Asking for help in this way can be seen as a thinly veiled complaint, and not getting along with your colleague isn’t something that your boss can really help with.
Unless your colleague is acting in a way that is illegal or damaging the company, it’s unlikely that your boss will care that your personalities clash. If the person in question clashes with multiple people or is a big disruption for the team, this could be a wholly different situation.
4. Have you tried to solve the problem yourself?
There’s a fine line between looking for a solution and being a martyr. You should always give yourself time to investigate ways you can solve the problem yourself, but once you’ve exhausted all ideas, it’s time to ask for help.
This can also help to steer the conversation as you will be able to outline what you have done to solve the problem. Your employer will appreciate your initiative, and it can help them to find a solution if you’ve already tried a few different ways to solve your problem.
5. Have you kept a record of your attempts?
A problem many employees face when trying to escalate a problem to higher levels of management is that they don’t keep accurate records. If your performance is brought into question and you defend yourself by saying that you have asked for help, this can be difficult to prove without a paper trail.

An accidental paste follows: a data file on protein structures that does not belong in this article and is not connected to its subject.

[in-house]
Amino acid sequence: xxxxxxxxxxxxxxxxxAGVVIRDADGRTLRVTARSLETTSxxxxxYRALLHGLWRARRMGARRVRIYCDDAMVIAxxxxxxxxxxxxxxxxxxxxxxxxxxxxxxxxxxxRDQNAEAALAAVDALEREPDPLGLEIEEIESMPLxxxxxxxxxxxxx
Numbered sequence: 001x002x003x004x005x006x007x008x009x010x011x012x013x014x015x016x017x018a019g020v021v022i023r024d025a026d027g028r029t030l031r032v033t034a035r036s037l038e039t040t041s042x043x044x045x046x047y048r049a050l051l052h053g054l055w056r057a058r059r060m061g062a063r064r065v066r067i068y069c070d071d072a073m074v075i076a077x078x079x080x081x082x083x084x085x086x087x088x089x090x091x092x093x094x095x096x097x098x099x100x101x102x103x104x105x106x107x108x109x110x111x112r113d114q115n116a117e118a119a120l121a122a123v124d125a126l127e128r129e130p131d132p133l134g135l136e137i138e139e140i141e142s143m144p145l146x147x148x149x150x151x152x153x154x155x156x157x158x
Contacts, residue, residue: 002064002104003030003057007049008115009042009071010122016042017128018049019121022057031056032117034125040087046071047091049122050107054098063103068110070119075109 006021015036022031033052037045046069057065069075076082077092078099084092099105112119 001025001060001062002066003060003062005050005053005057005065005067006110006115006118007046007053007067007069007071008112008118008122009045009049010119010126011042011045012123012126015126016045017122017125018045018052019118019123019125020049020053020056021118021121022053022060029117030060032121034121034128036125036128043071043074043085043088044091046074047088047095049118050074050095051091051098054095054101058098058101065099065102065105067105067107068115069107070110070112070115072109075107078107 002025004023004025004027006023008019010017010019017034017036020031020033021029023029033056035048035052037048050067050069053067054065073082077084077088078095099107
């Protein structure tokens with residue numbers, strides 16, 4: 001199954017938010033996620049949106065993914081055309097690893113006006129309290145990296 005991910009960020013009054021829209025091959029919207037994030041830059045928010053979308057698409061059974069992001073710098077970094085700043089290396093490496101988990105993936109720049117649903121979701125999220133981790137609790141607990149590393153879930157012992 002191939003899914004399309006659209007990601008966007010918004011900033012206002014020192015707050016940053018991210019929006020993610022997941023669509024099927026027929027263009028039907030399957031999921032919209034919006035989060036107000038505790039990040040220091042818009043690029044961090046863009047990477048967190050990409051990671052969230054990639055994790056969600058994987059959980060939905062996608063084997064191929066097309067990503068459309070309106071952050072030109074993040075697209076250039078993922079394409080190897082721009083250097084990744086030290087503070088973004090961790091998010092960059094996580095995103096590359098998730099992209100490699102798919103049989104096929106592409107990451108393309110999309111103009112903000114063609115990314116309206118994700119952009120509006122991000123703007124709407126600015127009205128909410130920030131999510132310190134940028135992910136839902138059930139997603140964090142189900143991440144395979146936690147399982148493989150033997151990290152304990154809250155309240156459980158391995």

A lot of people feel the need to ask for help because they fear that their work performance is suffering. If this is the case and your performance is criticised in a professional manner, you will be much more likely to keep your job if you’ve kept accurate records of your attempts to get help.
Even if you only ever speak person-to-person, always send a follow-up email to thank them for their time and confirm the issues you raised.
6. Are your rights being infringed?
Understanding the difference between keeping up with the demands of a busy role and having your workers’ rights infringed is essential.
If you are asking for help in the form of flexible working, you may have a legal right to do so, and any requests of this nature will need to be given due attention by your employer. If you aren’t satisfied with your employers response to your request, you may have ground to make a legal complaint.
Speak to a local dispute resolution solicitors if you are unsure about your rights.
While we’d all like to think that we would get the help that we need if we ask, but it isn’t always this simple.
Some employers simply don’t want to know if their employees are struggling because they believe they should only be paying people who won’t struggle.
This is a horrible situation to be in, but if your employer doesn’t want to support your needs, you might be better off finding a new place to work.
There are plenty of companies out there who will value your skills and insight, so it might be time to start looking!
On the other hand, try to form healthy friendships at your place at work. Research has shown that employees who have friends or spouses at work are much happier and 7x more likely to be engaged.
Our friends at Good&Co created this inforgraphic below on workplace friendships to show the impact of building friendships at work, how it increases job satisfaction, engagement and reduces staff turnover.